- Determine and completely comprehend possible failure modes and their causes, and the effects of failure on the system or customers, for a certain product or process.
- Analyze the risk related to the identified failure modes, effects and causes, and put the issues in order based on their importance for corrective action.
- Determine and perform corrective actions to consider the most serious issues.
An effective FMEA is the one inclusively analyzed by a multidisciplinary engineering team in regards to product designs or manufacturing processes, preferably in the early stages of the product development process. FMEA intends to discover and correct flaws before the product is out in the market. Other objectives are:
- Identifying and inhibiting safety hazards
- Reducing the loss of product performance or performance degradation
- Enhancing test and verification plans (in the case of System or Design FMEAs)
- Enhancing Process Control Plans (in the case of Process FMEAs)
- Applying modifications in the product design or manufacturing process
- Determining substantial product or process specifications
- Creating Preventive Maintenance plans for operating machinery and equipment
- Creating online analytical approaches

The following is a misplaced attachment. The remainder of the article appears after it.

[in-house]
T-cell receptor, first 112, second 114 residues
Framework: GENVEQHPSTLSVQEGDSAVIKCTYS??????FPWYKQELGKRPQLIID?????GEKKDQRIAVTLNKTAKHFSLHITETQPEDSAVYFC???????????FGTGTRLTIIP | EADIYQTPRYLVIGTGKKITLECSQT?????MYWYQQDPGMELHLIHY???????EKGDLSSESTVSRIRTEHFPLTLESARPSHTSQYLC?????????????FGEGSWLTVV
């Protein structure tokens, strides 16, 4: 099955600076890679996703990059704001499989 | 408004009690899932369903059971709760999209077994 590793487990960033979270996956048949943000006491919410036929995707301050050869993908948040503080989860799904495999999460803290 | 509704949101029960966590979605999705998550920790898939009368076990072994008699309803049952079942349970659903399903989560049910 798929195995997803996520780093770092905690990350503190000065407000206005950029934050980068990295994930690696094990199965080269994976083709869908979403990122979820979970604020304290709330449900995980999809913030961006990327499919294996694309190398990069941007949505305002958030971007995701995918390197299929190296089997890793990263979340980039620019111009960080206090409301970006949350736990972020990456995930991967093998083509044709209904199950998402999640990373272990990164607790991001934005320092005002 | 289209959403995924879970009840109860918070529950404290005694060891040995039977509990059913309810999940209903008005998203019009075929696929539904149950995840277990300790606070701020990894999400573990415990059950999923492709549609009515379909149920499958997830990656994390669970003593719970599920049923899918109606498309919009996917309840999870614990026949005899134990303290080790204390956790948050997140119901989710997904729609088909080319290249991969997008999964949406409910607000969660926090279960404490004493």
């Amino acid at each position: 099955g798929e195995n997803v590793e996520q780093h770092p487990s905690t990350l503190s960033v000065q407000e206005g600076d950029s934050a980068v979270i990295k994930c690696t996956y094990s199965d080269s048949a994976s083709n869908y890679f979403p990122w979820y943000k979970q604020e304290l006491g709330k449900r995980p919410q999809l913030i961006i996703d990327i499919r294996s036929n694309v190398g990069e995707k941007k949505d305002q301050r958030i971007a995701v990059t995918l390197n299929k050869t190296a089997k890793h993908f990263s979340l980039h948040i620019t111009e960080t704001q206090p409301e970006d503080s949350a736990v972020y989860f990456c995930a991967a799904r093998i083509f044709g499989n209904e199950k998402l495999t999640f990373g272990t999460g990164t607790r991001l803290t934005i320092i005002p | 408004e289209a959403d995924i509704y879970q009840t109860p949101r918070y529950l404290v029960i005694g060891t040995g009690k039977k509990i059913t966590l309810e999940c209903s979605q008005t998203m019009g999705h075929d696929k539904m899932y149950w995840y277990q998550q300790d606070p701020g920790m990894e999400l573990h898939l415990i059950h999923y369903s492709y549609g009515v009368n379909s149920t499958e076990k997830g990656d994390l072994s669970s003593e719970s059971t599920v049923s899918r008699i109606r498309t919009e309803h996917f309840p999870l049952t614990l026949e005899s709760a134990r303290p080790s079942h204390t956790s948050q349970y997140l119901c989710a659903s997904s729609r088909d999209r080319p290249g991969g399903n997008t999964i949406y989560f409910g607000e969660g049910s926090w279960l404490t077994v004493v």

Various Types of FMEAs
The greatest level of analysis performed on the whole system, constructed of multiple subsystems. The concentration is on deficiencies associated with system, including safety, integration, interfaces or interactions between subsystems or with other systems, interactions with the surrounding environment, human interaction, service, and other issues that could lead to failure of the overall system. In System FMEAs, the emphasis is on roles and interactions specific to the system as a whole.
Design FMEA (DFMEA)
DFMEA emphasizes on product design, usually at the smaller level of subsystem or component. As the name indicates, DFMEA focuses on design- associated defects, to enhance the design and ensure the product operation is safe and reliable during the useful life of the equipment. The scope of the DFMEA contains the subsystem or element itself, as well as the boundaries between adjacent components.
Process FMEA (PFMEA)
PFMEA focuses on the process of manufacturing or assembly, with the emphasis on how the production process can be enhanced to confirm that a product is made to design specifications in a safe way, with negligible downtime, scrap and rework. The scope of a PFMEA includes manufacturing and assembly operations, shipping, parts, storage, conveyors, maintenance, and even labeling.